Bracketing started back in the days of film photography because film was cheaper than trying to find new clients. The only way to make sure you got a tricky shot was to take five or six shots, constantly bumping either the shutter speed or aperture, sometimes both, to make sure you had at least one good shot. After that you sent the film to the lab and crossed your fingers.
Bracketing in the digital age takes on a different context and technique. When working with RAW images there’s no incentive to bracket white balance. White balance is a notation in the headers of a RAW file and you can change it at your leisure, along with sharpness, contrast, and other color settings determined by the compression algorithm.
If you’re not working with RAW or your camera doesn’t support it, then think about bracketing white balance. You can get some interesting effects deliberately using the wrong white balance for the scene.
I still bracket on exposure, partly out of habit, partly because in these days of digital photo manipulation, you might like the sky better at one exposure and the subject at another. You don’t always have to go full HDR, but that’s another good reason to bracket.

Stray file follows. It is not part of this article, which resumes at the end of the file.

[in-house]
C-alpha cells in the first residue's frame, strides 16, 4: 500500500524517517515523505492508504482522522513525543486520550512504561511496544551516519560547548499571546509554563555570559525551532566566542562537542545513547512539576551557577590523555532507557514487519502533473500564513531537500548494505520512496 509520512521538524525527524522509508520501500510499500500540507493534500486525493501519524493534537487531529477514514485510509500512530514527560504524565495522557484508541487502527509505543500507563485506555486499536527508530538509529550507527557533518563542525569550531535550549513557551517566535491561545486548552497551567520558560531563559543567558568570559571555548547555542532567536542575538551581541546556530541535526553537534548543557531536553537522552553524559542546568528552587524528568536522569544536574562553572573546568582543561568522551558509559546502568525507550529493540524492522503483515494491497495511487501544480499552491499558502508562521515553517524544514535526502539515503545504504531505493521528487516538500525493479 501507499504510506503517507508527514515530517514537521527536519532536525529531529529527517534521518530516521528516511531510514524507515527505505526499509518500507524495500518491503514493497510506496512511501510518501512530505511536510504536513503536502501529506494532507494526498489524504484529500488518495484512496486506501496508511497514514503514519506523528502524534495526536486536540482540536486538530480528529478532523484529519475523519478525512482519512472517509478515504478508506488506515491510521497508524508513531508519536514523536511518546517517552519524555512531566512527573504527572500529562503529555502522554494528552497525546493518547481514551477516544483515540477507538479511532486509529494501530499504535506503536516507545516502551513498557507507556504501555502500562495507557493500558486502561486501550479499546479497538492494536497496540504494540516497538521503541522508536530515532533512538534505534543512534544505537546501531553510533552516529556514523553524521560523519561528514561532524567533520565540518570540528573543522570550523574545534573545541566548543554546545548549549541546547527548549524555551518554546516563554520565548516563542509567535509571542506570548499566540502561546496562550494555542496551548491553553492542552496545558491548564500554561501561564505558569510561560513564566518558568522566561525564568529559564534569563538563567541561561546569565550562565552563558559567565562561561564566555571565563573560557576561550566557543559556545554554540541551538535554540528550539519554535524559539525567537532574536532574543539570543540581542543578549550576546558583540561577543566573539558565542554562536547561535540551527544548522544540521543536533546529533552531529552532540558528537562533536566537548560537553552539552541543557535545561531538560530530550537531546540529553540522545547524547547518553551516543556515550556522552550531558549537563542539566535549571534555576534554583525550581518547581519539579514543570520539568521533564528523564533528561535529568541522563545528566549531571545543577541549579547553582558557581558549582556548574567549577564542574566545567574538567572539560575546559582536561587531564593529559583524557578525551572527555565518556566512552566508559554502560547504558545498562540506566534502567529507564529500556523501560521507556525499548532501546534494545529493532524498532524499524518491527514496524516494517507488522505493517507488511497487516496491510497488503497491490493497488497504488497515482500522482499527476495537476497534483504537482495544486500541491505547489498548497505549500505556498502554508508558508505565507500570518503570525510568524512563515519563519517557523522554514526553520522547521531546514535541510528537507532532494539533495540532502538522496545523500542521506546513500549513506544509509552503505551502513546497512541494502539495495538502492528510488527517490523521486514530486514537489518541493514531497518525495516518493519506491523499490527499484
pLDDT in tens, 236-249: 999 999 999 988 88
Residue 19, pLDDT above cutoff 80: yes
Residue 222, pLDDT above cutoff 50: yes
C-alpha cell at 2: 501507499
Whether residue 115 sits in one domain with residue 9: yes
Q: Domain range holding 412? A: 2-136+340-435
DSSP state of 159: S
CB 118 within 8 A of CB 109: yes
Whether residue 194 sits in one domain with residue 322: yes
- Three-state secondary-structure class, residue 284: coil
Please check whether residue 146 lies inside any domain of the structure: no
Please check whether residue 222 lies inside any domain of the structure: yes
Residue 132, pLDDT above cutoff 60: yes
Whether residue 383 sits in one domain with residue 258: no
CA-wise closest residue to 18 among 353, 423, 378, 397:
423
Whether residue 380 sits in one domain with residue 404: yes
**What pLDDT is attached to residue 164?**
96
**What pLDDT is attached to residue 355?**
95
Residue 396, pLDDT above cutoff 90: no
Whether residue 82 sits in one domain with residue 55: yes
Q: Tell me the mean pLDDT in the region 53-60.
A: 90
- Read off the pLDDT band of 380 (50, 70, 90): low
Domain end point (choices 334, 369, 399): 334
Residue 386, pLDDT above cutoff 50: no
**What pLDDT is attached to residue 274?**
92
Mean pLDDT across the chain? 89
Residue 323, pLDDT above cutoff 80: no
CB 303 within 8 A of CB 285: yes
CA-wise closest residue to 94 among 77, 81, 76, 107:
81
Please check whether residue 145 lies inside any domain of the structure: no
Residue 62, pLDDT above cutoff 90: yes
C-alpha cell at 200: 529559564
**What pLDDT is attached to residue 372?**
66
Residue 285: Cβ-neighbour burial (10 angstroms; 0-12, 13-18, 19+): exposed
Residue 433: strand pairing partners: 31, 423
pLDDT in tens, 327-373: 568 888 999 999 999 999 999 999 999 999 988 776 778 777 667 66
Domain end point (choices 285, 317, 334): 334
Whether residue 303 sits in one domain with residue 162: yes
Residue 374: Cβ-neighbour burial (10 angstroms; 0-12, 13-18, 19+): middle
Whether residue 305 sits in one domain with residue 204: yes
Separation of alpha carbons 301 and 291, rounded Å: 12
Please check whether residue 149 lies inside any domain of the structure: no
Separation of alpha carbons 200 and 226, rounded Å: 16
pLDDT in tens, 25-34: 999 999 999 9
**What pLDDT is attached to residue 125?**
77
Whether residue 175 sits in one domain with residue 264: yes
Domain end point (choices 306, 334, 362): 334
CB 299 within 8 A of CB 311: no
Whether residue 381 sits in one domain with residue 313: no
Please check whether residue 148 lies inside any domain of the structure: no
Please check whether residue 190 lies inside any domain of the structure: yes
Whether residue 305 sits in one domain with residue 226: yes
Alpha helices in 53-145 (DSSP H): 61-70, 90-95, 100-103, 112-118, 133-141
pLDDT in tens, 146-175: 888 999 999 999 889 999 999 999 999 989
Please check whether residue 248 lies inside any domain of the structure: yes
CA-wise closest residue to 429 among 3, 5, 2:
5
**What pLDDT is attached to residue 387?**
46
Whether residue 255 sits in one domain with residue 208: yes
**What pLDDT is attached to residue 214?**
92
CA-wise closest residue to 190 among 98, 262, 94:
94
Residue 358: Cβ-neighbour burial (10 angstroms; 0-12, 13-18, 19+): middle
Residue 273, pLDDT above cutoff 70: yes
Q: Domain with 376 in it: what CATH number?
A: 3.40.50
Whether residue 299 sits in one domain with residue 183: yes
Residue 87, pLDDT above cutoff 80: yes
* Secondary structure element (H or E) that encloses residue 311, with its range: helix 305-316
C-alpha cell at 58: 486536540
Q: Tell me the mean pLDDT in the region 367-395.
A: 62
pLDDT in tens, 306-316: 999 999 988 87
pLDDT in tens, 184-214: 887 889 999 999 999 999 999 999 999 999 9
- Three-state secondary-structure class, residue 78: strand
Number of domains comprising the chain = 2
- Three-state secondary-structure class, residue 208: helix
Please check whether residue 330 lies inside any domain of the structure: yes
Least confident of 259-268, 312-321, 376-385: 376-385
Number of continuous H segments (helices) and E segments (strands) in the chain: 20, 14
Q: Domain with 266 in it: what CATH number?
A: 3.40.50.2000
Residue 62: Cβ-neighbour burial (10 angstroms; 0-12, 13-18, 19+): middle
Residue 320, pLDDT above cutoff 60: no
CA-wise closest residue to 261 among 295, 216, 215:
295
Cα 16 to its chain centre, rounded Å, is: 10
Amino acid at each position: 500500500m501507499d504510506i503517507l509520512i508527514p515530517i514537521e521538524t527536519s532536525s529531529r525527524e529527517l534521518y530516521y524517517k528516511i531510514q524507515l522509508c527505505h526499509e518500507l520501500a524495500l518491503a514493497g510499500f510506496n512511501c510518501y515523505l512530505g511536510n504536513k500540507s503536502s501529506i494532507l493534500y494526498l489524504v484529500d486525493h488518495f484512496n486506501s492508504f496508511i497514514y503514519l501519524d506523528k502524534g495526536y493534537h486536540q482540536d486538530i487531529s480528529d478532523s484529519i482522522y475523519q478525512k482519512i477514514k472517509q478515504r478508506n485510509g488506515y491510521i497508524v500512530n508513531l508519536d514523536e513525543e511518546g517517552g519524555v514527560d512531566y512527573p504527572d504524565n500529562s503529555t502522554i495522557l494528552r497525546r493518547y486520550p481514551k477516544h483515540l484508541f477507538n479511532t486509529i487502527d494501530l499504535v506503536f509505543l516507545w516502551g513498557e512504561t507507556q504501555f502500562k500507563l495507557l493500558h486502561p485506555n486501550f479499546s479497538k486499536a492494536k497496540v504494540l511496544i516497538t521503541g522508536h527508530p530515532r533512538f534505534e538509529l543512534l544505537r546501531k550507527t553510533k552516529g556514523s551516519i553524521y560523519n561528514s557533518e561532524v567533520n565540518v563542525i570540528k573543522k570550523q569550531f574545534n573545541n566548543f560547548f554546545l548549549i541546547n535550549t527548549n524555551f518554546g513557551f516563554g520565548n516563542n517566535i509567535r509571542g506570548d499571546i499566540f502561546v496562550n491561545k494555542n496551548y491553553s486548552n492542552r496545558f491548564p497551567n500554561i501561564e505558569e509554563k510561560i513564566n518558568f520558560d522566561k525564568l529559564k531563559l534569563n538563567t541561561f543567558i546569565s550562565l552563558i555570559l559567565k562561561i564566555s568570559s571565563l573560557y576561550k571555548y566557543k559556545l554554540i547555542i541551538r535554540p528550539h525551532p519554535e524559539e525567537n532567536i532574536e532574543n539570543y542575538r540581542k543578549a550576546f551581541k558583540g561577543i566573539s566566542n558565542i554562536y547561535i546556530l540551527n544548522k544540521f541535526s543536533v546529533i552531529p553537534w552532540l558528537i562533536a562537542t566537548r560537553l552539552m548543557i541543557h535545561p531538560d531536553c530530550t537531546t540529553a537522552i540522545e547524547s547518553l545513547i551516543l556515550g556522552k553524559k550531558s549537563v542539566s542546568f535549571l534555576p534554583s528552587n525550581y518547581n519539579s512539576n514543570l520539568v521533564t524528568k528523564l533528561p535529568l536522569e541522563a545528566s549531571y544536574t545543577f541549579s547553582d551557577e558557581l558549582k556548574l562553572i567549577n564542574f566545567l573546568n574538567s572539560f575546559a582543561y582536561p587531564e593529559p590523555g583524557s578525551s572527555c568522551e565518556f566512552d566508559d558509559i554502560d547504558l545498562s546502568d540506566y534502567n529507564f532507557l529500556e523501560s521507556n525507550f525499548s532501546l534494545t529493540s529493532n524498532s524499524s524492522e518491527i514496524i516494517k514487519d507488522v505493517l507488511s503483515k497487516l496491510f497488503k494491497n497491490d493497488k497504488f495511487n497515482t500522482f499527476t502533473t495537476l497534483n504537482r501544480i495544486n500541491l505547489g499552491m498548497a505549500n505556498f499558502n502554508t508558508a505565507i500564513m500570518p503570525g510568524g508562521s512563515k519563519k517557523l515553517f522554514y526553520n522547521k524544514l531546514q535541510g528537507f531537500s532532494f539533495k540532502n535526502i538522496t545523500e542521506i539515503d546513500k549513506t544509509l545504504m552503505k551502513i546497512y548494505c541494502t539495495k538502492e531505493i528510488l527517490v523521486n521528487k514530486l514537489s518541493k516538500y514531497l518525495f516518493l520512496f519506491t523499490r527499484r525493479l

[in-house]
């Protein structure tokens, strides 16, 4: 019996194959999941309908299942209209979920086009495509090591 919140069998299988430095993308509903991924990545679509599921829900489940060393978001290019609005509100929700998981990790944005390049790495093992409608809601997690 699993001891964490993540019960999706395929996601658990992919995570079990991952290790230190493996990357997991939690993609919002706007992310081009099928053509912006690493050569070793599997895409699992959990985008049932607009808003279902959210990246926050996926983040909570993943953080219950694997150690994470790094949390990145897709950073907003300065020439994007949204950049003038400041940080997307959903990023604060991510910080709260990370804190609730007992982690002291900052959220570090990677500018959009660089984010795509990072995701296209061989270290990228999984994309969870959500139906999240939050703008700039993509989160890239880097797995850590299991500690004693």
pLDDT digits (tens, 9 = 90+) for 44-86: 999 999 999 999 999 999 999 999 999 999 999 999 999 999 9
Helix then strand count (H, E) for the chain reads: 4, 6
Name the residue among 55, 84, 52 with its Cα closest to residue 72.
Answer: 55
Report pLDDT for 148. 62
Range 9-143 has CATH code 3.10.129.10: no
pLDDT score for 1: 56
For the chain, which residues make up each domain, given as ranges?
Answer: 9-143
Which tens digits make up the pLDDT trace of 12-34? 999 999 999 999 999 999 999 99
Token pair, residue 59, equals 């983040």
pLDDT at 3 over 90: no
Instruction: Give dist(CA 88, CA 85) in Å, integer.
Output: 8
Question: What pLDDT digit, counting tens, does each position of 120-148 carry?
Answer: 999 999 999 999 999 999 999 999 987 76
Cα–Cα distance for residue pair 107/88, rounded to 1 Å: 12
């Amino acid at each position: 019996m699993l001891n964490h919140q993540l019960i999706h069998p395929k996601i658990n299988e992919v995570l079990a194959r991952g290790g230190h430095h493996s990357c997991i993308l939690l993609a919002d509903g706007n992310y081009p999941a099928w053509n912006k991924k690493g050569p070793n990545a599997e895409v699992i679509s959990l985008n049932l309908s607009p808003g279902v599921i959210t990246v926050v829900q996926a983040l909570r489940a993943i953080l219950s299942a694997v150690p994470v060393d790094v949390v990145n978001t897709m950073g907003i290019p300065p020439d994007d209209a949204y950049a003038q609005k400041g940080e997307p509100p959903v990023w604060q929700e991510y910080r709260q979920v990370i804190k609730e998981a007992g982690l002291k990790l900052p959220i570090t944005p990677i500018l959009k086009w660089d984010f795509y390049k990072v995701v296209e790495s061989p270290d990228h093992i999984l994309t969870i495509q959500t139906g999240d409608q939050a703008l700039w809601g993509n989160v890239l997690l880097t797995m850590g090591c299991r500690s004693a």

Along with that, exposure by itself can do a lot to change the mood of a shot. The optimum exposure is not always the best for the scene and, in my experience, the closer to perfect coming out the camera, the better the photo will look in the end.
Another time I still use bracketing is when I’m shooting with a flash. I don’t completely trust the LCD screen, even with the histogram. It’s really pretty easy to go a half-stop on either side when shooting with a flash and the difference can be hard to see in the LCD. But that half-stop can make quite a lot of difference in post.
While you may not need to bracket as much in the digital age, there are still good reasons to do so. Besides, it’s not like you’re spending a lot extra on film. Some of you have cameras that have automatic bracketing. Take advantage of it. If nothing else it will help you determine what exposures look best to you.
And, for us old dogs, maybe old habits are just hard to break.